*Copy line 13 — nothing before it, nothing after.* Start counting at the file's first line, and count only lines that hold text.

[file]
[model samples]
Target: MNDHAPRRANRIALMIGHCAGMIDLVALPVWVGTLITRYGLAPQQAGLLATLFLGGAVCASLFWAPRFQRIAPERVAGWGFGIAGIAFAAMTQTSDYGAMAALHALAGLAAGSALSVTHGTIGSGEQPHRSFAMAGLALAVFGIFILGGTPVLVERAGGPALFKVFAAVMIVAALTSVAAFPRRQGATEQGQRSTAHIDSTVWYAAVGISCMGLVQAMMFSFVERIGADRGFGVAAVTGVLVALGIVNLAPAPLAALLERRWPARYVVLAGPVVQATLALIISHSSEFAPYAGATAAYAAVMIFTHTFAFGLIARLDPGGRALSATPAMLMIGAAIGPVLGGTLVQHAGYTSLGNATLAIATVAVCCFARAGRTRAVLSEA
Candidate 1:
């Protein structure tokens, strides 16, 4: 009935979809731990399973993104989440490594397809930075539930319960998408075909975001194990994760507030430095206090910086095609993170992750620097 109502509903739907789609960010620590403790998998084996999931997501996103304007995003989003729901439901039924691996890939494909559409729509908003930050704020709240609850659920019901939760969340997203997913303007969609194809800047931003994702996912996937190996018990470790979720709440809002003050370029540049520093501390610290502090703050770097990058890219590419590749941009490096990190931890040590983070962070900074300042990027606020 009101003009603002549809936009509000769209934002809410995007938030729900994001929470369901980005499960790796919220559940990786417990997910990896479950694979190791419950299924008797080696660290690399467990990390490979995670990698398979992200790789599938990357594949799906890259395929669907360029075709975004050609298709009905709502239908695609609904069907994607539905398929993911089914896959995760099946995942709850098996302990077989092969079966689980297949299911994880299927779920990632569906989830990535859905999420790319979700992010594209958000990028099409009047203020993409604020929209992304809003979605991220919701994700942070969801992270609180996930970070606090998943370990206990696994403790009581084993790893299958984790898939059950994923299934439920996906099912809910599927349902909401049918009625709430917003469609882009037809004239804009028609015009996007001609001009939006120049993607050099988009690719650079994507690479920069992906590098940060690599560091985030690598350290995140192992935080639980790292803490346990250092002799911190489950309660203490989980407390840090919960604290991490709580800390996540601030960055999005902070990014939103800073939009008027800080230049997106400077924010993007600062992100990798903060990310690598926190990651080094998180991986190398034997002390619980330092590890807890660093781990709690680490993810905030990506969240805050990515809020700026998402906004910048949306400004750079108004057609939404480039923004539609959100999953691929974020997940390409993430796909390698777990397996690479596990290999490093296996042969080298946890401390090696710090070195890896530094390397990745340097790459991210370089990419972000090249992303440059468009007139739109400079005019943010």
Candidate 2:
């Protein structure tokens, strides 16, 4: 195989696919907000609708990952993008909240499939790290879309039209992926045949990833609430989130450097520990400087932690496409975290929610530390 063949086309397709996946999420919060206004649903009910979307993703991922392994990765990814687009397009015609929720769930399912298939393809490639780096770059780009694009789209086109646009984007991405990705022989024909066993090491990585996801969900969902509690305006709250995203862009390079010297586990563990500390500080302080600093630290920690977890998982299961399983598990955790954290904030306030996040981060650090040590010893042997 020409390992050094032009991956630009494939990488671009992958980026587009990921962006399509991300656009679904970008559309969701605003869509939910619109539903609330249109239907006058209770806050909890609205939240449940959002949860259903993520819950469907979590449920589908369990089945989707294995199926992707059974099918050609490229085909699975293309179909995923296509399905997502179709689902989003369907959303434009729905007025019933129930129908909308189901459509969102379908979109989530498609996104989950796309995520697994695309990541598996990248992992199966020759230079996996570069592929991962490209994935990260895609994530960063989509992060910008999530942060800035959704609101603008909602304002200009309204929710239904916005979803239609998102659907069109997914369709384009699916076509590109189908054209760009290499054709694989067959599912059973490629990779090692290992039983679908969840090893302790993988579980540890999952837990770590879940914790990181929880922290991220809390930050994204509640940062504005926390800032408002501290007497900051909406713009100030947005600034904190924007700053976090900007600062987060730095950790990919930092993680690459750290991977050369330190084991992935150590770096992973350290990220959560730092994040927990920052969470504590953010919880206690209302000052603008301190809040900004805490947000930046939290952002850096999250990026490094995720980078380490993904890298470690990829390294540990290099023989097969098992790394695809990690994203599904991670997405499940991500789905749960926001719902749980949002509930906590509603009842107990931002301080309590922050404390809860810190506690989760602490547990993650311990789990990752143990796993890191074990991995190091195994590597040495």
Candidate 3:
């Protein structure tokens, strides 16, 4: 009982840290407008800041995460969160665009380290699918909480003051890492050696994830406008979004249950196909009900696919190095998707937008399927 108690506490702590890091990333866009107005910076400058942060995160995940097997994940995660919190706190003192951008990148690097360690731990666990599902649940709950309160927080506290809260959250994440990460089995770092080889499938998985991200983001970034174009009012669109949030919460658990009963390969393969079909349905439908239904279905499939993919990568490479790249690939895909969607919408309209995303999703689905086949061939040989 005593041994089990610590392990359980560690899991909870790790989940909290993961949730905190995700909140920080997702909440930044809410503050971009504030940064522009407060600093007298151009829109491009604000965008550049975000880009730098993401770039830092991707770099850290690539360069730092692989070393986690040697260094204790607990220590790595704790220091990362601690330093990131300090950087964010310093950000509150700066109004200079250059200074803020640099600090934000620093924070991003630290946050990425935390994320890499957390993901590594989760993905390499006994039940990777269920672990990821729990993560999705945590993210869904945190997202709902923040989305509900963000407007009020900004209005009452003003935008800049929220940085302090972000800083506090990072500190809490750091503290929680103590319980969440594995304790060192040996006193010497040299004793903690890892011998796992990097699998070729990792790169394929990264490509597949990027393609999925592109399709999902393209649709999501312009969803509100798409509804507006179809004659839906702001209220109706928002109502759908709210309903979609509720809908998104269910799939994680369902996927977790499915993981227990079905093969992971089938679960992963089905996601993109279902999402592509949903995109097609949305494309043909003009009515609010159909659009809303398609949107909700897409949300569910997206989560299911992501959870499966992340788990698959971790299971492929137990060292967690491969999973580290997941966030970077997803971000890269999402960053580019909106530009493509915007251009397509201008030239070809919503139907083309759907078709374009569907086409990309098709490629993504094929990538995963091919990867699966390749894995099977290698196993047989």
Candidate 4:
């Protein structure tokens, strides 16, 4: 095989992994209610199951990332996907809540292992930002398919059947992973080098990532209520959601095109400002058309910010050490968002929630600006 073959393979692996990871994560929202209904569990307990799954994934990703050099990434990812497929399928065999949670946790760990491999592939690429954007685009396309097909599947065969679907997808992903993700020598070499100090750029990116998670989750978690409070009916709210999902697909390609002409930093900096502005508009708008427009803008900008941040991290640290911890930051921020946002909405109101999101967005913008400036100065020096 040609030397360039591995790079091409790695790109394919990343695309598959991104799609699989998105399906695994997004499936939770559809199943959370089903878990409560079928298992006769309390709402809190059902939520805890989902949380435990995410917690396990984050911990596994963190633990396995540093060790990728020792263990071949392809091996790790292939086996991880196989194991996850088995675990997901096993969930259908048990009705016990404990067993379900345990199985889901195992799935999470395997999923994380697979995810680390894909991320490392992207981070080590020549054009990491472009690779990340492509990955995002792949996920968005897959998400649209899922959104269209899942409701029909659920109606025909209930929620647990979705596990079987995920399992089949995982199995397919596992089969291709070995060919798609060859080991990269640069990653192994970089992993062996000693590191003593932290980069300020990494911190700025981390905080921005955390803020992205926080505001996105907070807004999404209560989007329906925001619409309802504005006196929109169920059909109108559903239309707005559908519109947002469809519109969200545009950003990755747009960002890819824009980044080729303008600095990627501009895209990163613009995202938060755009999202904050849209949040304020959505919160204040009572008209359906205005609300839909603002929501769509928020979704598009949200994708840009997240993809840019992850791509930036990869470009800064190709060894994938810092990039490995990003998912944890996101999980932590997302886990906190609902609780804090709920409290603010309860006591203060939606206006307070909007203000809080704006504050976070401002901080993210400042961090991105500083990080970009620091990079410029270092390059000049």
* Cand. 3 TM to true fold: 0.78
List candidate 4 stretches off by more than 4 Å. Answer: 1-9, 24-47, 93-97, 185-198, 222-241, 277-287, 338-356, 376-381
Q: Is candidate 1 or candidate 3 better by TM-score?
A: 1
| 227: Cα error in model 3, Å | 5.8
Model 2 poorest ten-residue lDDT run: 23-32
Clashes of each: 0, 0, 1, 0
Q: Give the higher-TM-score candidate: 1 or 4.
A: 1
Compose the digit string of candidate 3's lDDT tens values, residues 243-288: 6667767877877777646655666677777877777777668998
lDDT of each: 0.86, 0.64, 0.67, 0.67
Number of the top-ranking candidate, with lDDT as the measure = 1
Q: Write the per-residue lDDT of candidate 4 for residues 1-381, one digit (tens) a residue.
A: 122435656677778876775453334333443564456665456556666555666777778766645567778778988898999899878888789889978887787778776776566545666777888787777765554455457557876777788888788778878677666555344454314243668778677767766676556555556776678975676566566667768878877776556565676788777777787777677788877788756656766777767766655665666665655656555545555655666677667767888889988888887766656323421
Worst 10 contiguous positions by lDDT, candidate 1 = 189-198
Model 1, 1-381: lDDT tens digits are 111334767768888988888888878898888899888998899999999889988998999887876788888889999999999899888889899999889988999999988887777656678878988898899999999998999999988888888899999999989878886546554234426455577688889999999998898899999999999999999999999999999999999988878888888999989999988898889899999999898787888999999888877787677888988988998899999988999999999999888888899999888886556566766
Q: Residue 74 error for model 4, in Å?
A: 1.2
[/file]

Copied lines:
Q: Is candidate 1 or candidate 3 better by TM-score?